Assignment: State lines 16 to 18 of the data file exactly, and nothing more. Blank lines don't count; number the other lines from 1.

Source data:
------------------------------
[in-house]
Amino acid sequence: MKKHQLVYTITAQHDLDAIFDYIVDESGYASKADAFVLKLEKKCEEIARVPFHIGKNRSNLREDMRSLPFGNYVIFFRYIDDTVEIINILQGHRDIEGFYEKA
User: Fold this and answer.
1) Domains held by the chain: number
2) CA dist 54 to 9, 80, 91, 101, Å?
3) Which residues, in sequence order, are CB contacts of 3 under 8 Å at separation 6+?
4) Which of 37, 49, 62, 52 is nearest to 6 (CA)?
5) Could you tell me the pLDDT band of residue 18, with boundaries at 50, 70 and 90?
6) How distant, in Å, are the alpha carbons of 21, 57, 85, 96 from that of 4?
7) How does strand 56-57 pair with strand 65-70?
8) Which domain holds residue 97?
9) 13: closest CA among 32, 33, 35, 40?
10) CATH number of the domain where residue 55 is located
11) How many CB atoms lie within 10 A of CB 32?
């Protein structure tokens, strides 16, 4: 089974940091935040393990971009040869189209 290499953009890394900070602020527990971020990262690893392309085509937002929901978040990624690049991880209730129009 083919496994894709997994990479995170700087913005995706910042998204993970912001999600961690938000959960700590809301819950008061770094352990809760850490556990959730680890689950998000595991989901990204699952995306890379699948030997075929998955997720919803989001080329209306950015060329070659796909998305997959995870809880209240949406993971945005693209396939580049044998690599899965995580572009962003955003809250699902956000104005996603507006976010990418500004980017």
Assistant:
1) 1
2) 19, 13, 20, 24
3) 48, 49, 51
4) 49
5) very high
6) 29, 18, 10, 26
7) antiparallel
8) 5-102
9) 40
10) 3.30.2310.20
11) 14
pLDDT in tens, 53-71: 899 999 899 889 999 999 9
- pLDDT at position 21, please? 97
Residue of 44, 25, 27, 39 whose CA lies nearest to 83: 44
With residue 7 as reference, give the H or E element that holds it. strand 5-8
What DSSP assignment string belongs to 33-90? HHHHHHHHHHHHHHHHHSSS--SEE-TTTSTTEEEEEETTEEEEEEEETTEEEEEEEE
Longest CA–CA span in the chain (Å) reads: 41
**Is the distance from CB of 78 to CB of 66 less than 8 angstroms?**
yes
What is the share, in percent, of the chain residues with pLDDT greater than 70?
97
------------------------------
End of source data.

Assistant:
1) 1
2) 19, 13, 20, 24